Overview: convergence criteria – Serlo

Aus Wikibooks
Zur Navigation springen Zur Suche springen
Decision tree for convergence and divergence of series

We already introduced a series as the sequence of the partial sums . A sequence is convergent, if the sequence of partial sums is convergent . Else the series is divergent. Assuming the series is convergent we define the value of the infinite sum of the series to be equal to the limit of the sequence.

In this chapter we will study different criteria or tests to determine whether a series is convergent or not. In further chapters, we will study each of this criteria more attentively and give a proof for each.

Criteria for convergence[Bearbeiten]

We will give a proof for the following propositions in the respective main article for the criterion. Let a series be given. There is an arsenal of criteria to examine convergence:

Absolute convergence[Bearbeiten]

Main article: Absolute Konvergenz einer Reihe

Definition (Absolute convergence)

A series is called absolutely convergent, if is convergent.

Theorem (Absolute convergence)

If a series is absolutely convergent, it is also convergent. So if is convergent, then is also convergent.

Example (Absolute convergence)

The series is convergent, because it is absolutely convergent. The series of absolute values is convergent.

Cauchy criterion[Bearbeiten]

Main article: Cauchy-Kriterium für Reihen

Theorem (Cauchy criterion)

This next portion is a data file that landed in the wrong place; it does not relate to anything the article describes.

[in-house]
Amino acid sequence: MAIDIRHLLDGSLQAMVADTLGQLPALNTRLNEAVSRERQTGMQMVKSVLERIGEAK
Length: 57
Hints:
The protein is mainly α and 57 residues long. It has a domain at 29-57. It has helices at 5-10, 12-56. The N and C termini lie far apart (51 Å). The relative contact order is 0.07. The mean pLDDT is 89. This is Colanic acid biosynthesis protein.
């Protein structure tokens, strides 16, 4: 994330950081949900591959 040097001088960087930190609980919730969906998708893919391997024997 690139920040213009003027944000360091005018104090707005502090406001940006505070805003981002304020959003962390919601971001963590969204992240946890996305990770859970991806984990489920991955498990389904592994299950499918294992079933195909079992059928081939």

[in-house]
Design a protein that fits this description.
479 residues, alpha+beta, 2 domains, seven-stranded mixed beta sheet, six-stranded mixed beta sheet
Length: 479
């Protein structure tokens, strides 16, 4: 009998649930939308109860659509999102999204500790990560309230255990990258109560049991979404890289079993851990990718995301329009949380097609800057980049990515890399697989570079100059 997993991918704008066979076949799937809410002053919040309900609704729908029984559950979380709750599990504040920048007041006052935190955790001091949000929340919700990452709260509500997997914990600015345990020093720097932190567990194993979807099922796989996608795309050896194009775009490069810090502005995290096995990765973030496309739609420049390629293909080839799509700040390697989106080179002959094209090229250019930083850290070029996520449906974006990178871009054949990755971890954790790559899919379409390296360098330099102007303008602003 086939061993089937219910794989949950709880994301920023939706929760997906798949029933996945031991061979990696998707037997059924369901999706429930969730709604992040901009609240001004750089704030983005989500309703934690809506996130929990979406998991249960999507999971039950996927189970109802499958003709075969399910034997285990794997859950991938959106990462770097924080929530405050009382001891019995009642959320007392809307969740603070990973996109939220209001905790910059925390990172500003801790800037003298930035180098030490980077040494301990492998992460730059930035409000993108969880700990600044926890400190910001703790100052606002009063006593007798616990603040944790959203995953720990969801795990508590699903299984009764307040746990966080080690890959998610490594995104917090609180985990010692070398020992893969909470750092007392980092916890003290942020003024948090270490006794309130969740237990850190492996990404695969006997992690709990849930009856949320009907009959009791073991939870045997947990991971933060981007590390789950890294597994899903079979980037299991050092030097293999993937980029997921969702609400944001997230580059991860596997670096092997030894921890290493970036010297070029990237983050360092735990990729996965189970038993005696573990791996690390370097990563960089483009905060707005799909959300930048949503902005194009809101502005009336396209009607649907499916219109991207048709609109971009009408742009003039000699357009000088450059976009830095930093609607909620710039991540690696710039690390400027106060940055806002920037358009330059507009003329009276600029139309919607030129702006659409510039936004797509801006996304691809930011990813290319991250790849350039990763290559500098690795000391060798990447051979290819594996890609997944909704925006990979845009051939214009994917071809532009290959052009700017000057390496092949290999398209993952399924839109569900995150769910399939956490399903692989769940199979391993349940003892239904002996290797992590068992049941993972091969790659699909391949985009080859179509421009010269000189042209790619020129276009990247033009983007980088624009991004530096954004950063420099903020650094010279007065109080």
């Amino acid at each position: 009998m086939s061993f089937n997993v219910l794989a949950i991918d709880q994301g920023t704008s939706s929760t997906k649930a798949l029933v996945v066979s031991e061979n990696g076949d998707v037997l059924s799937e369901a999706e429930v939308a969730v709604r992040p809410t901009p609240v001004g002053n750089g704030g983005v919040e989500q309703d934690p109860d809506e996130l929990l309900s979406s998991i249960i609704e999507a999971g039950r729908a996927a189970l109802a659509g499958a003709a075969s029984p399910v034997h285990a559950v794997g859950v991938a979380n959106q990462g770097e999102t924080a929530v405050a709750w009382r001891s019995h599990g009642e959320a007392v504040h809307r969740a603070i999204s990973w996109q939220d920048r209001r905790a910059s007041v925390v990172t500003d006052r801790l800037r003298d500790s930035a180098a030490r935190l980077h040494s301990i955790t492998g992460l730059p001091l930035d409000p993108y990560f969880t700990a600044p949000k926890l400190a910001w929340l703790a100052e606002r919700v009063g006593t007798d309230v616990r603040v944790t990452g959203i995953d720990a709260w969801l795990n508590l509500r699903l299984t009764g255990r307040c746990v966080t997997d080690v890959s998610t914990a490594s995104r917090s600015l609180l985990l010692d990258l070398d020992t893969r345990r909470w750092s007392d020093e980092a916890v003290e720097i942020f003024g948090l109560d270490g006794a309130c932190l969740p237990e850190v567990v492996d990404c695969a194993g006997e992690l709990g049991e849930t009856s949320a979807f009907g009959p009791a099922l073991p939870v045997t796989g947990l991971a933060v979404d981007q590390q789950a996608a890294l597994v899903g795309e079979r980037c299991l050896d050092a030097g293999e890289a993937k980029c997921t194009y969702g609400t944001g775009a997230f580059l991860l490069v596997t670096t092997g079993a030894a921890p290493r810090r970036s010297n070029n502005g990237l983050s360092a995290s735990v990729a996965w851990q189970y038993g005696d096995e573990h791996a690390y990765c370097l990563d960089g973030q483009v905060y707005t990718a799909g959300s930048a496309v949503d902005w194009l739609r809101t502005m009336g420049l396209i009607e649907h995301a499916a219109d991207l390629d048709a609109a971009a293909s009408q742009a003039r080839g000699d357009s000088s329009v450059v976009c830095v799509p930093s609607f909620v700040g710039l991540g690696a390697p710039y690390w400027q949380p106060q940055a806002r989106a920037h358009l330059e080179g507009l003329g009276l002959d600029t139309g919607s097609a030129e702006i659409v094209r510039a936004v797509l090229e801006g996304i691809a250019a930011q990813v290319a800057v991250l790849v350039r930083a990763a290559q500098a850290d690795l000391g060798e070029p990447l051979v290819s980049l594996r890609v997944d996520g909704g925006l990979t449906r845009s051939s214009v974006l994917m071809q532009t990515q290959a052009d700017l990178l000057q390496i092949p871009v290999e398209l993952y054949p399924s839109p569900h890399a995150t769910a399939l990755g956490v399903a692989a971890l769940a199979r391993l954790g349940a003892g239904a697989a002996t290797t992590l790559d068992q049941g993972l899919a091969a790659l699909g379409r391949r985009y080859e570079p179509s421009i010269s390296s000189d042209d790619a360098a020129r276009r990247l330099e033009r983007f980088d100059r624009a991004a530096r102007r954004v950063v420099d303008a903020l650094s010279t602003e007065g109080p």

For all let there be , so that for all . Then the series is convergent.

Example (Cauchy criterion)

The geometric series is convergent according to the Cauchy criterion, because:

Let . Since there is with for all . For this it follows from the above that for all . So we see that the series is convergent according to the Cauchy criterion.

Leibniz criterion[Bearbeiten]

Main article: Leibniz-Kriterium

Theorem (Leibniz criterion)

If the series has the form and if the sequence non-negative monotonic decreasing sequence null sequence , then the series is convergent.

Example (Leibniz criterion)

The convergence of the series follows from the Leibniz criterion, because the sequence is a non-negative monotonic decreasing null sequence.

Majorant criterion[Bearbeiten]

Main article: Majorantenkriterium und Minorantenkriterium

Theorem (Majorant criterion)

Let for all . If is convergent, then the series is absolutely convergent.

Example (Majorant criterion)

We have . Since the series is convergent (with limit 1), the series is also (absolutely) convergent.